February 27 -- Portland is growing and thriving, with lots of new construction. The light rail hasn't yet got to the airport, but it will. Buildings in the historic section have been gutted and are being reconstructed from the inside out. Maps can't keep up with changes and developments. The Classical Chinese Garden was just finished in November, built with the aid of gardeners from Portland's sister city, Suzhou. The leaflet says it's "the largest authentic urban Suzhou-style garden ever created outside China". It's marvelous! Suzhou-style Chinese garden
The Garden takes up a city block, and is walled, but the wall is peppered with Chinese windows and set back from the sidewalk in several places. So a visitor walking along the street can enjoy some of the garden, while a visitor within the garden can look out through the windows and see the trees and flowers extend to the exterior.
There are two features which make this garden beautiful beyond imagination. First, the nearly equal mixture of brown and red wooden buildings, grey stone roofs, walks, walls and standing rocks, blue waterfalls and a pond, and green ornamental and flowering trees and plants provides a visual balance and interest that far surpasses a typical western garden. Second, the seemingly infinite variety of views, from every point within this city block to every other point, surprise and delight the garden visitor. We were fortunate to view this garden in the off season; the sense of peacefulness was only slightly reduced by the few visitors.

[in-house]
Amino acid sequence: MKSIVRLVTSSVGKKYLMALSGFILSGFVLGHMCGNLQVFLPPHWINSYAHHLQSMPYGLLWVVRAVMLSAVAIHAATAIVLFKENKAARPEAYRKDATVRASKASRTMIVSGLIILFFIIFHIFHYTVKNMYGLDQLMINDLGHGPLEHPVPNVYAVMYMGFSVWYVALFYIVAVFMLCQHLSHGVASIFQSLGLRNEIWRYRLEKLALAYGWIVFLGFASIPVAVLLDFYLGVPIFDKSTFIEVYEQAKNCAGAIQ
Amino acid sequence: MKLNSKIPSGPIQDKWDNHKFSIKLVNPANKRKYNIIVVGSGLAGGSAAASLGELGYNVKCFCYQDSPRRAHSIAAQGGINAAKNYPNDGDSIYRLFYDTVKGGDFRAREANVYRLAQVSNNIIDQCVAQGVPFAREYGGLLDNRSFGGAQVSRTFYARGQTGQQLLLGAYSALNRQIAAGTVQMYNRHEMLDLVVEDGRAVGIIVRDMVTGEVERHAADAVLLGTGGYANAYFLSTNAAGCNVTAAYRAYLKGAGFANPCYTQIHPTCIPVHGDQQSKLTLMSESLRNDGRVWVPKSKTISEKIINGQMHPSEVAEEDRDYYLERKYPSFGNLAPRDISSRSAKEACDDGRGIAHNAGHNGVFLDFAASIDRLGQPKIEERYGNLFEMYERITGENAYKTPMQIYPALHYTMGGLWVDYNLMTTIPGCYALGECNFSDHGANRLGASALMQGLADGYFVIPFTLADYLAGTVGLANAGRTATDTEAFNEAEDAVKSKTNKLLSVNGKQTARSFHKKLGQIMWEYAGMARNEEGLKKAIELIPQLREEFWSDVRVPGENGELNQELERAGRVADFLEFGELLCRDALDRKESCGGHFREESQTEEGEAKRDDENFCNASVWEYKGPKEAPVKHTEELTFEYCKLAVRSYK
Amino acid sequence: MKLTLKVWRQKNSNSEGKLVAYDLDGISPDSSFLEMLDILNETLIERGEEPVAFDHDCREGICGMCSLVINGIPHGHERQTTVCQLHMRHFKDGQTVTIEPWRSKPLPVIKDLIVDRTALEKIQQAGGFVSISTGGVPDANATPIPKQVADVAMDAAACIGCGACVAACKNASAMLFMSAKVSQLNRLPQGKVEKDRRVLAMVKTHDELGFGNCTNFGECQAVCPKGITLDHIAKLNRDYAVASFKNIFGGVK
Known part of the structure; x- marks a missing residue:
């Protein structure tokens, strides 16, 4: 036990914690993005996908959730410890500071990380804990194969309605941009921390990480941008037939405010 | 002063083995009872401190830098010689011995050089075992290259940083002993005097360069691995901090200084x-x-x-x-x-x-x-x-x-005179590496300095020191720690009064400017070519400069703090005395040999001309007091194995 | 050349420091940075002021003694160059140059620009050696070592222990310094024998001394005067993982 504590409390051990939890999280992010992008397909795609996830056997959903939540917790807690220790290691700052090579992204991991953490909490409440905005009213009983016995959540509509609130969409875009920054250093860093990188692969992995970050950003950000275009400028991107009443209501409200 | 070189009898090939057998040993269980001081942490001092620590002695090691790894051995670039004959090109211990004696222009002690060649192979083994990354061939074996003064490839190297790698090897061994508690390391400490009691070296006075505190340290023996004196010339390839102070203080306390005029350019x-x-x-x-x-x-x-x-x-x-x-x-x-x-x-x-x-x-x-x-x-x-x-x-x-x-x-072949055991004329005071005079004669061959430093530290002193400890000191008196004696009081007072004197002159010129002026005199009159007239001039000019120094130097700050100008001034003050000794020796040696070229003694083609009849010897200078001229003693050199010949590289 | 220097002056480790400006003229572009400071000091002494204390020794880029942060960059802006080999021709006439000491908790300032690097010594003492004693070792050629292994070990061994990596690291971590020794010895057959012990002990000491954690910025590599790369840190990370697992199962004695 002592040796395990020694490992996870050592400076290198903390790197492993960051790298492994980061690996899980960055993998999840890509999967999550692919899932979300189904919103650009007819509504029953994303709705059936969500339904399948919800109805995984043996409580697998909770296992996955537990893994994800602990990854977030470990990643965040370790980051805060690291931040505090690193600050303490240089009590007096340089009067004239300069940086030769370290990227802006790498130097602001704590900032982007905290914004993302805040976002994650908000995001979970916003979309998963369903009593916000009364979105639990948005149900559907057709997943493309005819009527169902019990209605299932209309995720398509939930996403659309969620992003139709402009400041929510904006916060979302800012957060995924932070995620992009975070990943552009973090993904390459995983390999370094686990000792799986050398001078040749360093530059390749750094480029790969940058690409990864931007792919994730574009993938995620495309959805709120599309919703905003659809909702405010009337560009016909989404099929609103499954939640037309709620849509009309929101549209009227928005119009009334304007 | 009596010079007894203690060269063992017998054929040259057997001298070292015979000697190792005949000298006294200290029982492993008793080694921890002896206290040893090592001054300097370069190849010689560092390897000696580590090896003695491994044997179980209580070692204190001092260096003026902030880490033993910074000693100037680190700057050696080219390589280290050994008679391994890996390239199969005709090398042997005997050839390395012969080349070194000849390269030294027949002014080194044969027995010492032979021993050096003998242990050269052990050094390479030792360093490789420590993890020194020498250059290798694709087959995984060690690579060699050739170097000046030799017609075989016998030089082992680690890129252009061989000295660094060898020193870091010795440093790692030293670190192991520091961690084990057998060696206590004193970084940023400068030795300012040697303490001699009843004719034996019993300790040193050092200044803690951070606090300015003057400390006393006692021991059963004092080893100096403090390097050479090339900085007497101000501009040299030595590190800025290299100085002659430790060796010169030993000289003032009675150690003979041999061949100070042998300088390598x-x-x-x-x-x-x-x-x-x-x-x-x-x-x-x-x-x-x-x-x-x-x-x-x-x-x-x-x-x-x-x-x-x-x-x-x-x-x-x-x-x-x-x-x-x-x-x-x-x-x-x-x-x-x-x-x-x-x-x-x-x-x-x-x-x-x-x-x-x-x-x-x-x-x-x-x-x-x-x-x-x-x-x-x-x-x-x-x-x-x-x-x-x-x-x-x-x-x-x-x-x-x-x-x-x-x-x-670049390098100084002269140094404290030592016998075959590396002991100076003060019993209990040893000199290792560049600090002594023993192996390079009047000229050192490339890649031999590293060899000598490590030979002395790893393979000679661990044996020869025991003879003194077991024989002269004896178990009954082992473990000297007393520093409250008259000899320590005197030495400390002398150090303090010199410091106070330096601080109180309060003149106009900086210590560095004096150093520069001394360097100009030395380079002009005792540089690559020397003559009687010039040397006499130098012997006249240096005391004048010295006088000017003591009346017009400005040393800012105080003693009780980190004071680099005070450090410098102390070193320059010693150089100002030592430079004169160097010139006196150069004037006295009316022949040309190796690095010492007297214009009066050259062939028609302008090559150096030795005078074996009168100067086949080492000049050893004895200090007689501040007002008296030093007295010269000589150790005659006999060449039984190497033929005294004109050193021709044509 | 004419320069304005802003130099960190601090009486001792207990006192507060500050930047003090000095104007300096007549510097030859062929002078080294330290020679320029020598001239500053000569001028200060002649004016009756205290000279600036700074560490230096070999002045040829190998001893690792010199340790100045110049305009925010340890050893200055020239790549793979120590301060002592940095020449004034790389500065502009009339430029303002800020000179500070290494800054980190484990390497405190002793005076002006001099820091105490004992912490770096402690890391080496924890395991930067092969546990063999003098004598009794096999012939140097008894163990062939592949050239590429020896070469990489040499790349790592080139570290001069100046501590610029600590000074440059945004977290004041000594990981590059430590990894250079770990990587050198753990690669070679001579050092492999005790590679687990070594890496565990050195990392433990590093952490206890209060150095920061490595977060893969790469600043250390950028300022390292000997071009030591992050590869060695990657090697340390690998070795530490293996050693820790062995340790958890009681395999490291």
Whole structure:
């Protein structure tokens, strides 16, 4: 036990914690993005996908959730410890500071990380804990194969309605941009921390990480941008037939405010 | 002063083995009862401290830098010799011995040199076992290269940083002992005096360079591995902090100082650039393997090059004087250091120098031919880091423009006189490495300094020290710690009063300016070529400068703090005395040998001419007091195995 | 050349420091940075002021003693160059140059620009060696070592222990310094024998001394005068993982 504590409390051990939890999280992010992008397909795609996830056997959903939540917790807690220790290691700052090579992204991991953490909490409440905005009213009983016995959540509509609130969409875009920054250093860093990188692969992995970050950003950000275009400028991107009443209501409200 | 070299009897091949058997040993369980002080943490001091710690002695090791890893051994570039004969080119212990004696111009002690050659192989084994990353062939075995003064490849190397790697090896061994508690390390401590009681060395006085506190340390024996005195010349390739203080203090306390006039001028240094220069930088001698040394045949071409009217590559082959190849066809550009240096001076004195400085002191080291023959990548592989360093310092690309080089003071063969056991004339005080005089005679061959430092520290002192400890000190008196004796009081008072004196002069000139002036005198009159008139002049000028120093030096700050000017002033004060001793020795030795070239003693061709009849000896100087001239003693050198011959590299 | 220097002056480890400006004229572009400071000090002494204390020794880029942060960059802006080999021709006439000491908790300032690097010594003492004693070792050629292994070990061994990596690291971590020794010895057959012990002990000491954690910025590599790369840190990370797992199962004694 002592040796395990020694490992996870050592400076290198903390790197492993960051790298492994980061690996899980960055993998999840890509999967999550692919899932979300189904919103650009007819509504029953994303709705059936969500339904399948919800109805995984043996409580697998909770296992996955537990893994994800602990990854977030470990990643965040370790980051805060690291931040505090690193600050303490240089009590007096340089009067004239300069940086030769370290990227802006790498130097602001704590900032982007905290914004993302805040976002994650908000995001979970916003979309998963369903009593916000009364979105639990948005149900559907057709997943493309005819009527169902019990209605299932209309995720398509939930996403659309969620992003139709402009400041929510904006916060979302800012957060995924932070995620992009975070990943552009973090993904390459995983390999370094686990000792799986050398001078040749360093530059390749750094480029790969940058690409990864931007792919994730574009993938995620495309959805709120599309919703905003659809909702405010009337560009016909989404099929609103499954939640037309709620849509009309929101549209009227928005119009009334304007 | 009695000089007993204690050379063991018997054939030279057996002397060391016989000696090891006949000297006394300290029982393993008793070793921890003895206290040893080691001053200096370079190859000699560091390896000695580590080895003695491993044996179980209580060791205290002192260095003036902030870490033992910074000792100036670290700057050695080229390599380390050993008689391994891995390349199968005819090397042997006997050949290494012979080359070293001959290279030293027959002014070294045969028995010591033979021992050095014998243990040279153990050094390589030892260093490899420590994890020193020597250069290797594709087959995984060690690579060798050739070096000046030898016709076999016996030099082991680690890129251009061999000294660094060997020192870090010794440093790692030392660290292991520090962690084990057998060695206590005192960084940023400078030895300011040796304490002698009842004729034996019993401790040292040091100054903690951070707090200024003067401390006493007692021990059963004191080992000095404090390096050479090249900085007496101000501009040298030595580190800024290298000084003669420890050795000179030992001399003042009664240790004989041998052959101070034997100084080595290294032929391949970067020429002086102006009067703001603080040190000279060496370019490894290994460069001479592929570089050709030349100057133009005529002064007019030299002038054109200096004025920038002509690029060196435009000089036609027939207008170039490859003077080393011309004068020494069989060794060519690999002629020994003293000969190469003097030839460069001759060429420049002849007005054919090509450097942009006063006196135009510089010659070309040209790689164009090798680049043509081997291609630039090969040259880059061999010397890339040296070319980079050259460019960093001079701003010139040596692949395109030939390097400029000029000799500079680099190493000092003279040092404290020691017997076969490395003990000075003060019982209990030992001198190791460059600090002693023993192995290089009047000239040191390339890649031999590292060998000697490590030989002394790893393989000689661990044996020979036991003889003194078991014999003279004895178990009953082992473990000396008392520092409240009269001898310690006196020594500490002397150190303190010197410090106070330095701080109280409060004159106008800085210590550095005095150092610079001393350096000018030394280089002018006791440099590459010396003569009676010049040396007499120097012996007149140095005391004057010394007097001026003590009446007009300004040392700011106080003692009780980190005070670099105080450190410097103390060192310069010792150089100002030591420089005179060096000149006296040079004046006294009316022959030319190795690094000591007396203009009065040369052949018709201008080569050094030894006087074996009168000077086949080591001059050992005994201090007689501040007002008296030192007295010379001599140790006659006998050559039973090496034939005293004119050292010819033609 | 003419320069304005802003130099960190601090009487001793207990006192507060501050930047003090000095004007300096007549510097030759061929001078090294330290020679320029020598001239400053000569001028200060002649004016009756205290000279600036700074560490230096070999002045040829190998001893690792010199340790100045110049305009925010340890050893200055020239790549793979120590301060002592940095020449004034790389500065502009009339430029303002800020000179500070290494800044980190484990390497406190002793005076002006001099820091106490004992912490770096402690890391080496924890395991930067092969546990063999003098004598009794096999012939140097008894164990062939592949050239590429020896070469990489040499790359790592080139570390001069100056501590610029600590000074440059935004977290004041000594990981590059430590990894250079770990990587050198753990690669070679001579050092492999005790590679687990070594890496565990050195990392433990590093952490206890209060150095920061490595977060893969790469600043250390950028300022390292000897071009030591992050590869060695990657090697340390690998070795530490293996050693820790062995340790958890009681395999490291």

We followed stone walkways through courtyards and open rooms, pausing to listen to the sound of running water and appreciate the beautiful views. Nearly Round door an hour passed quickly by. We didn't stay for tea, although there is a tea house. There's also a nice store, and guided tours which would help local gardeners understand more and get started with Chinese gardening techniques. There will be koi in the pool when the pH is stabilized and a booklet is being written showing the translation of the Chinese characters. Our pictures capture some of the charm of this remarkable garden.
In the 1940s a Portland newspaper columnist, gazing out his office window, saw an empty two foot square of concrete curbing. The street lamp that was to have been placed there never arrived, so he planted some flowers, and wrote about the activity in his newspaper column, entitled Mill Ends. We drove by the spot, which was later made into an official city park (the smallest in the world, of course) and named Mill Ends Park. The gardeners keep it watered and full of spring flowers.